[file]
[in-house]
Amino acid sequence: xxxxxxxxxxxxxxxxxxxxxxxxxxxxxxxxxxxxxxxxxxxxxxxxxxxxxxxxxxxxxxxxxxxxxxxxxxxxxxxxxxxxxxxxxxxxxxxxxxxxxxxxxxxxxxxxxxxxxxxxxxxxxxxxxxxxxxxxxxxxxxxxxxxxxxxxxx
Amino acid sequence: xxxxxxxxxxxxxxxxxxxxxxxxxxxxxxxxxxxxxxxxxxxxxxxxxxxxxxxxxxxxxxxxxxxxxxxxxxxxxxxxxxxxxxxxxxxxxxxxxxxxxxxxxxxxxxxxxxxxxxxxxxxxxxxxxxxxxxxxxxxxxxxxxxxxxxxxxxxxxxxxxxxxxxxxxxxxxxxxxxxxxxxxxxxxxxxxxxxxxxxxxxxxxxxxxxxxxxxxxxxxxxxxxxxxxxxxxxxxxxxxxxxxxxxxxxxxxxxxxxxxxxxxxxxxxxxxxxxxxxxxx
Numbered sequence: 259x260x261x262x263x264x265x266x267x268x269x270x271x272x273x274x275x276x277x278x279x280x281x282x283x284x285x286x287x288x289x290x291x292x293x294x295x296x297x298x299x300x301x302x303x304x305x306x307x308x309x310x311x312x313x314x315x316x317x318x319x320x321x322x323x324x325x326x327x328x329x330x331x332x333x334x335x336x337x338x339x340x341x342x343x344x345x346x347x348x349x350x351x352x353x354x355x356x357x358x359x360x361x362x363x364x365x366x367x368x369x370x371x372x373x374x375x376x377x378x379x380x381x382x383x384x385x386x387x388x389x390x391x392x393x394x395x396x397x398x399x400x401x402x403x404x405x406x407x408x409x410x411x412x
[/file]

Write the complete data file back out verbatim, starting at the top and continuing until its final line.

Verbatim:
[in-house]
Amino acid sequence: xxxxxxxxxxxxxxxxxxxxxxxxxxxxxxxxxxxxxxxxxxxxxxxxxxxxxxxxxxxxxxxxxxxxxxxxxxxxxxxxxxxxxxxxxxxxxxxxxxxxxxxxxxxxxxxxxxxxxxxxxxxxxxxxxxxxxxxxxxxxxxxxxxxxxxxxxx
Amino acid sequence: xxxxxxxxxxxxxxxxxxxxxxxxxxxxxxxxxxxxxxxxxxxxxxxxxxxxxxxxxxxxxxxxxxxxxxxxxxxxxxxxxxxxxxxxxxxxxxxxxxxxxxxxxxxxxxxxxxxxxxxxxxxxxxxxxxxxxxxxxxxxxxxxxxxxxxxxxxxxxxxxxxxxxxxxxxxxxxxxxxxxxxxxxxxxxxxxxxxxxxxxxxxxxxxxxxxxxxxxxxxxxxxxxxxxxxxxxxxxxxxxxxxxxxxxxxxxxxxxxxxxxxxxxxxxxxxxxxxxxxxxx
Numbered sequence: 259x260x261x262x263x264x265x266x267x268x269x270x271x272x273x274x275x276x277x278x279x280x281x282x283x284x285x286x287x288x289x290x291x292x293x294x295x296x297x298x299x300x301x302x303x304x305x306x307x308x309x310x311x312x313x314x315x316x317x318x319x320x321x322x323x324x325x326x327x328x329x330x331x332x333x334x335x336x337x338x339x340x341x342x343x344x345x346x347x348x349x350x351x352x353x354x355x356x357x358x359x360x361x362x363x364x365x366x367x368x369x370x371x372x373x374x375x376x377x378x379x380x381x382x383x384x385x386x387x388x389x390x391x392x393x394x395x396x397x398x399x400x401x402x403x404x405x406x407x408x409x410x411x412x